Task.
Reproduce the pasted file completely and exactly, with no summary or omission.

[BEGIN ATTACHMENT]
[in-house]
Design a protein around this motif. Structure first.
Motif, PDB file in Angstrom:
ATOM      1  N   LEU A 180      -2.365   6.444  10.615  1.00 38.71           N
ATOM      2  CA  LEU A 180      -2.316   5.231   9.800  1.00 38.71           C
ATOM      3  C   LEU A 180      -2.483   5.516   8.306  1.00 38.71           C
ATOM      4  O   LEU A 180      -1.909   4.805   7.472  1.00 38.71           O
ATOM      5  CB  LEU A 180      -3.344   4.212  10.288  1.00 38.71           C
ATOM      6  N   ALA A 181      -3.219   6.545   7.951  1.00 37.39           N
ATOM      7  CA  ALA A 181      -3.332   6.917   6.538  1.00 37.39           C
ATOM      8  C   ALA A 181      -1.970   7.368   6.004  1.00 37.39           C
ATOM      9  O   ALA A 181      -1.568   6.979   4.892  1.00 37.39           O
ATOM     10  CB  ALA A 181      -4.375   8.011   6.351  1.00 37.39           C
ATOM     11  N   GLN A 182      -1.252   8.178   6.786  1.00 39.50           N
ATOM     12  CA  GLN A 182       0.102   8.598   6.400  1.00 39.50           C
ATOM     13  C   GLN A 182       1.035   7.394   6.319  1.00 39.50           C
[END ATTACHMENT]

[in-house]
Design a protein around this motif. Structure first.
Motif, PDB file in Angstrom:
ATOM      1  N   LEU A 180      -2.365   6.444  10.615  1.00 38.71           N
ATOM      2  CA  LEU A 180      -2.316   5.231   9.800  1.00 38.71           C
ATOM      3  C   LEU A 180      -2.483   5.516   8.306  1.00 38.71           C
ATOM      4  O   LEU A 180      -1.909   4.805   7.472  1.00 38.71           O
ATOM      5  CB  LEU A 180      -3.344   4.212  10.288  1.00 38.71           C
ATOM      6  N   ALA A 181      -3.219   6.545   7.951  1.00 37.39           N
ATOM      7  CA  ALA A 181      -3.332   6.917   6.538  1.00 37.39           C
ATOM      8  C   ALA A 181      -1.970   7.368   6.004  1.00 37.39           C
ATOM      9  O   ALA A 181      -1.568   6.979   4.892  1.00 37.39           O
ATOM     10  CB  ALA A 181      -4.375   8.011   6.351  1.00 37.39           C
ATOM     11  N   GLN A 182      -1.252   8.178   6.786  1.00 39.50           N
ATOM     12  CA  GLN A 182       0.102   8.598   6.400  1.00 39.50           C
ATOM     13  C   GLN A 182       1.035   7.394   6.319  1.00 39.50           C